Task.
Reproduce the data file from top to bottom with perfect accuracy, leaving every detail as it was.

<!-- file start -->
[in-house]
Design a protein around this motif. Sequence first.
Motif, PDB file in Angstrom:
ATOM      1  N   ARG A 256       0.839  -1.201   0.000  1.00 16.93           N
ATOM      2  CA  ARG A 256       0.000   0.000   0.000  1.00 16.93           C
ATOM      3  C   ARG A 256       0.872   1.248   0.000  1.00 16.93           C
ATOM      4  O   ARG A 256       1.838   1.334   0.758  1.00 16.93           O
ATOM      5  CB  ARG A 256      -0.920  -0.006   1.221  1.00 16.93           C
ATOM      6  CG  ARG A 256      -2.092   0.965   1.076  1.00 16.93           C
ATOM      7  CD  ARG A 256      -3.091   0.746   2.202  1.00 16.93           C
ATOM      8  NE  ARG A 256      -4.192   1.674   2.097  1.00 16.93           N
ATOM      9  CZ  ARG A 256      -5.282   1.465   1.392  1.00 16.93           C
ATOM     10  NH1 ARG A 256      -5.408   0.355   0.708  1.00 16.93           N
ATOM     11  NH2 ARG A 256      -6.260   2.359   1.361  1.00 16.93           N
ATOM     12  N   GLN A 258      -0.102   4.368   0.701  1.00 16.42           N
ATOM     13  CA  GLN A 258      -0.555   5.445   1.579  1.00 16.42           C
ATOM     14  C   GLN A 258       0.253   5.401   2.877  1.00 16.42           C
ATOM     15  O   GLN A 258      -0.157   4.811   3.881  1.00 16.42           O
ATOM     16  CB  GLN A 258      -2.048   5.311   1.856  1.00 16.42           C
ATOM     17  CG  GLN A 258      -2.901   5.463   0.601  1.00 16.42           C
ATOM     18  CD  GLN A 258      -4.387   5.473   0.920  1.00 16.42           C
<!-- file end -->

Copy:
[in-house]
Design a protein around this motif. Sequence first.
Motif, PDB file in Angstrom:
ATOM      1  N   ARG A 256       0.839  -1.201   0.000  1.00 16.93           N
ATOM      2  CA  ARG A 256       0.000   0.000   0.000  1.00 16.93           C
ATOM      3  C   ARG A 256       0.872   1.248   0.000  1.00 16.93           C
ATOM      4  O   ARG A 256       1.838   1.334   0.758  1.00 16.93           O
ATOM      5  CB  ARG A 256      -0.920  -0.006   1.221  1.00 16.93           C
ATOM      6  CG  ARG A 256      -2.092   0.965   1.076  1.00 16.93           C
ATOM      7  CD  ARG A 256      -3.091   0.746   2.202  1.00 16.93           C
ATOM      8  NE  ARG A 256      -4.192   1.674   2.097  1.00 16.93           N
ATOM      9  CZ  ARG A 256      -5.282   1.465   1.392  1.00 16.93           C
ATOM     10  NH1 ARG A 256      -5.408   0.355   0.708  1.00 16.93           N
ATOM     11  NH2 ARG A 256      -6.260   2.359   1.361  1.00 16.93           N
ATOM     12  N   GLN A 258      -0.102   4.368   0.701  1.00 16.42           N
ATOM     13  CA  GLN A 258      -0.555   5.445   1.579  1.00 16.42           C
ATOM     14  C   GLN A 258       0.253   5.401   2.877  1.00 16.42           C
ATOM     15  O   GLN A 258      -0.157   4.811   3.881  1.00 16.42           O
ATOM     16  CB  GLN A 258      -2.048   5.311   1.856  1.00 16.42           C
ATOM     17  CG  GLN A 258      -2.901   5.463   0.601  1.00 16.42           C
ATOM     18  CD  GLN A 258      -4.387   5.473   0.920  1.00 16.42           C